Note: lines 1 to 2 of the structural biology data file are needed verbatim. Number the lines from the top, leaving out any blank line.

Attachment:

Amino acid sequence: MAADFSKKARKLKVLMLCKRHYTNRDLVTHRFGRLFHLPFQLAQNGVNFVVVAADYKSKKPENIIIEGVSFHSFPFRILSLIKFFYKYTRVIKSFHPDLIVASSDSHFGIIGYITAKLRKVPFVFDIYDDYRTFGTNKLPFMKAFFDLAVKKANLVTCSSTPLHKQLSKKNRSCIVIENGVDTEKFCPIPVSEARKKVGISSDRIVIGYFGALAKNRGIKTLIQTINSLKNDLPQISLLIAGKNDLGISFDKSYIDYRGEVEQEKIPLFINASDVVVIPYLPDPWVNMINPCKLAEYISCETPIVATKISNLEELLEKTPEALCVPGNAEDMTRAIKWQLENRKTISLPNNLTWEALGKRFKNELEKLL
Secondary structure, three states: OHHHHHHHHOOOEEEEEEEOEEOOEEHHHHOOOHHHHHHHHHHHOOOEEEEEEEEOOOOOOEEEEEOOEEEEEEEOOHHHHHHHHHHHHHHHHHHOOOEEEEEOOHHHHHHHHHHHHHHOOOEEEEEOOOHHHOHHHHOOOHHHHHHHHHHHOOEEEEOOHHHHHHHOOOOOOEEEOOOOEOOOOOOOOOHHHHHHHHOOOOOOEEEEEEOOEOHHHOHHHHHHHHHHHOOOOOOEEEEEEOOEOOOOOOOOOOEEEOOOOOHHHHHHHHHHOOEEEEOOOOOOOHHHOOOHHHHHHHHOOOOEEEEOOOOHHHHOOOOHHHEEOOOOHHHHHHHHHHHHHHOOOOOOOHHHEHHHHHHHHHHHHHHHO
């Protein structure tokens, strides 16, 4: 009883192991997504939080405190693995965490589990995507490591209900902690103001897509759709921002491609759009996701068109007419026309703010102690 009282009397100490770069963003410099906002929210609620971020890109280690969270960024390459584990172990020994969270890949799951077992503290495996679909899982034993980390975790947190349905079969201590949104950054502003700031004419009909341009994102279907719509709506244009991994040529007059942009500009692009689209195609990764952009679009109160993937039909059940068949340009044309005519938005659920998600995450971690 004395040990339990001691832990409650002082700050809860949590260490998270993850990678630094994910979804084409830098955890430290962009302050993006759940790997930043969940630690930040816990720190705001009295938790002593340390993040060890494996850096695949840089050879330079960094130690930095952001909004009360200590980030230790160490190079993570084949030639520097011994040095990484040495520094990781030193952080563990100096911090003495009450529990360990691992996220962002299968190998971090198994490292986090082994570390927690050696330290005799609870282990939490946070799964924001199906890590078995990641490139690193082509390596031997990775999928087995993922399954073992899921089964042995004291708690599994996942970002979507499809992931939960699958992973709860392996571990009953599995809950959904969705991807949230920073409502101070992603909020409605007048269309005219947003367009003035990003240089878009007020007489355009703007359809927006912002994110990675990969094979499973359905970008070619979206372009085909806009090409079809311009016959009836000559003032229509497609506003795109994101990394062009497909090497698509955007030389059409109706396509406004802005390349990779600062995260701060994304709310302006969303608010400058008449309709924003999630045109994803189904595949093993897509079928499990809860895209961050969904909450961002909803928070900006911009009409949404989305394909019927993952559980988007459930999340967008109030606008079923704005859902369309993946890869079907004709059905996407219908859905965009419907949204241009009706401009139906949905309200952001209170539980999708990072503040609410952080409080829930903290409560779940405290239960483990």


Amino acid sequence: MAADFSKKARKLKVLMLCKRHYTNRDLVTHRFGRLFHLPFQLAQNGVNFVVVAADYKSKKPENIIIEGVSFHSFPFRILSLIKFFYKYTRVIKSFHPDLIVASSDSHFGIIGYITAKLRKVPFVFDIYDDYRTFGTNKLPFMKAFFDLAVKKANLVTCSSTPLHKQLSKKNRSCIVIENGVDTEKFCPIPVSEARKKVGISSDRIVIGYFGALAKNRGIKTLIQTINSLKNDLPQISLLIAGKNDLGISFDKSYIDYRGEVEQEKIPLFINASDVVVIPYLPDPWVNMINPCKLAEYISCETPIVATKISNLEELLEKTPEALCVPGNAEDMTRAIKWQLENRKTISLPNNLTWEALGKRFKNELEKLL
Secondary structure, three states: OHHHHHHHHOOOEEEEEEEOEEOOEEHHHHOOOHHHHHHHHHHHOOOEEEEEEEEOOOOOOEEEEEOOEEEEEEEOOHHHHHHHHHHHHHHHHHHOOOEEEEEOOHHHHHHHHHHHHHHOOOEEEEEOOOHHHOHHHHOOOHHHHHHHHHHHOOEEEEOOHHHHHHHOOOOOOEEEOOOOEOOOOOOOOOHHHHHHHHOOOOOOEEEEEEOOEOHHHOHHHHHHHHHHHOOOOOOEEEEEEOOEOOOOOOOOOOEEEOOOOOHHHHHHHHHHOOEEEEOOOOOOOHHHOOOHHHHHHHHOOOOEEEEOOOOHHHHOOOOHHHEEOOOOHHHHHHHHHHHHHHOOOOOOOHHHEHHHHHHHHHHHHHHHO